“The time has come for policy makers to sit down with the leading experts in the field to explore ways we can codify our standards to give them additional regulatory teeth.

“We will lead an effort involving our members, representatives of patient groups, policy makers and other stakeholders to work together to come up with solutions.”–Embryo-mix-up–will-never-happen-again-

India – First, the Health Ministry in India send ART bill to law ministry for vetting. The Bill is expected to find its way to the Union cabinet soon for its approval once it gets the Law Ministry’s nod.

The Bill is being introduced to regulate thousands of infertility clinics that have mushroomed in the country over the past several years. The Bill will define the establishment and functioning of these clinics.

Senior Health Ministry officials confirmed that the Indian Council for Medical Research (ICMR) has finalised the redrafting of the Bill and the ministry has sent the Bill to the law ministry for its opinion. After getting the approval from the Union cabinet, the Bill be introduced in Parliament for final seal of approval before implementing it in the country.

Sources said that the ministry had incorporated several changes in the final draft as it had received a large number of suggestions and comments from foreign countries, embassies, legal institutions, international institutions, experts and others on the draft bill. The government had late last year published the draft bill and had invited suggestions and comments from the public on the proposed bill. The Bill, drafted by an 11-member expert committee appointed by the health ministry, proposes to establish a National Advisory Board and state Boards to regulate and supervise the establishment and functioning of the infertility clinics in the country.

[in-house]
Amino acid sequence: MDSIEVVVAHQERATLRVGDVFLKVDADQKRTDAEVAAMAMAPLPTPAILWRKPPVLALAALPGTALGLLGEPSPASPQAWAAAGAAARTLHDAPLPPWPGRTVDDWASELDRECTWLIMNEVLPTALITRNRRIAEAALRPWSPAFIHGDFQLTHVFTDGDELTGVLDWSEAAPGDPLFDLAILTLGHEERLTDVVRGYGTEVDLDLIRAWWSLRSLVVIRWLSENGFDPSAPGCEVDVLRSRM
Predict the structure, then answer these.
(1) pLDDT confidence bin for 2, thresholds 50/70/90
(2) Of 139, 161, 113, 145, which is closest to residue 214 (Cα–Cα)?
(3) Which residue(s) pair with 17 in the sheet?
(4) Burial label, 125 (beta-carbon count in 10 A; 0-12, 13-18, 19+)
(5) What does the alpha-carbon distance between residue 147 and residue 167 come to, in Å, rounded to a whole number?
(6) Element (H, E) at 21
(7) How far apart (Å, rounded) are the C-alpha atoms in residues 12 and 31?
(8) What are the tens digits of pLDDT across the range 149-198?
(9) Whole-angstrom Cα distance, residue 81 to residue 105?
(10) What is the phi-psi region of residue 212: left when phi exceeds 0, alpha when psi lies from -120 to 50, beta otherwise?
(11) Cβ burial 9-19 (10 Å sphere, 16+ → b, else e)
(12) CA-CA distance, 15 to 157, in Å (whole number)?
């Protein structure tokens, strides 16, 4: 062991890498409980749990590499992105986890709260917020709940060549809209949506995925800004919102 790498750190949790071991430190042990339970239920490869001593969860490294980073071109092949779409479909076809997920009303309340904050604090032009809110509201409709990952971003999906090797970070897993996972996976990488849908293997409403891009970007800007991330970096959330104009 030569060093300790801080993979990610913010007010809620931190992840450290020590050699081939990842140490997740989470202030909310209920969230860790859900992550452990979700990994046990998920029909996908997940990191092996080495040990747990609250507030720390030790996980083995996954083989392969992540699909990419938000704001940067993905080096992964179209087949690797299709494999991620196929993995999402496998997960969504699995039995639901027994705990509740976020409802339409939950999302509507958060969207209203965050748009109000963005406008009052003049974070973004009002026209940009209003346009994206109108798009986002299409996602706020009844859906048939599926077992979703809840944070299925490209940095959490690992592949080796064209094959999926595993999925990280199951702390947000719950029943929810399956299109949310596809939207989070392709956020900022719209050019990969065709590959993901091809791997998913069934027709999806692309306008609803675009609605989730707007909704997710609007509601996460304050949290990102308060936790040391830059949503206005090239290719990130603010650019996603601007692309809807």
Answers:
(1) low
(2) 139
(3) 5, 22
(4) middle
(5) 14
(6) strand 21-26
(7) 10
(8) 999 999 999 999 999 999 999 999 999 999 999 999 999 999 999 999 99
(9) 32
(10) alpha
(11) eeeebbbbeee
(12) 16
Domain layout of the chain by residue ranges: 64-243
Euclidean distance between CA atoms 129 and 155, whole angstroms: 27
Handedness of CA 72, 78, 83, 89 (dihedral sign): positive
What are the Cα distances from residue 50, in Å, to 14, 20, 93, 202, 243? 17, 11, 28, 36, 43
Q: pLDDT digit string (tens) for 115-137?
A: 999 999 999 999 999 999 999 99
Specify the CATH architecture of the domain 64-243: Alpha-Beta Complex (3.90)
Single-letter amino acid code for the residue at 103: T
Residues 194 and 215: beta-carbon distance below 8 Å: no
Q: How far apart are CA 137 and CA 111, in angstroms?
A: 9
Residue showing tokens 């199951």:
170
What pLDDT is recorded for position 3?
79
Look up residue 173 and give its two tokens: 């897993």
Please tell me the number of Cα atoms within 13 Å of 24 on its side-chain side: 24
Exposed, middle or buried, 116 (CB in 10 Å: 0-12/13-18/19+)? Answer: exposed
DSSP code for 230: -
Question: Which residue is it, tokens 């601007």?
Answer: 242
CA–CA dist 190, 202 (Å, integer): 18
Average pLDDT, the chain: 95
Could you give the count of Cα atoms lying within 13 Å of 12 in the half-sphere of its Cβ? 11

The bill, once it gets the Parliament nod, will provide for a national framework for the regulation and supervision of assisted reproductive technology (better known as infertility clinics) and matters connected therewith or incidental thereto. Apart from putting strict parameters for the establishment of an infertility clinic, the Bill also defines the minimum requirement regarding staff in an infertility clinic and minimal physical requirements for a clinic.

Again, still no laws in India, so parents beware. Plus, a suit has been filed to stop baby Manji from leaving the country. The Jaipur bench of Rajasthan High Court on Tuesday issued notices to the union and the state home departments asking them to produce the Japanese surrogate baby Manji in court within four weeks and explain why the baby was being allowed to be taken to Japan. A division bench of Justice R C Gandhi and Justice Guman Singh issued notices citing ambiguity regarding surrogacy in India. The baby is at present in a Jaipur hospital under the supervision of her Japanese grandmother.

The notice was issued on a habeas corpus petition filed by a Jaipur-based NGO, SATYA, alleging that in the absence of any surrogacy law in the country, the surrogate child born out of the sperm of a Japanese father could not be kept in the custody of her Japanese grandmother, Emiko.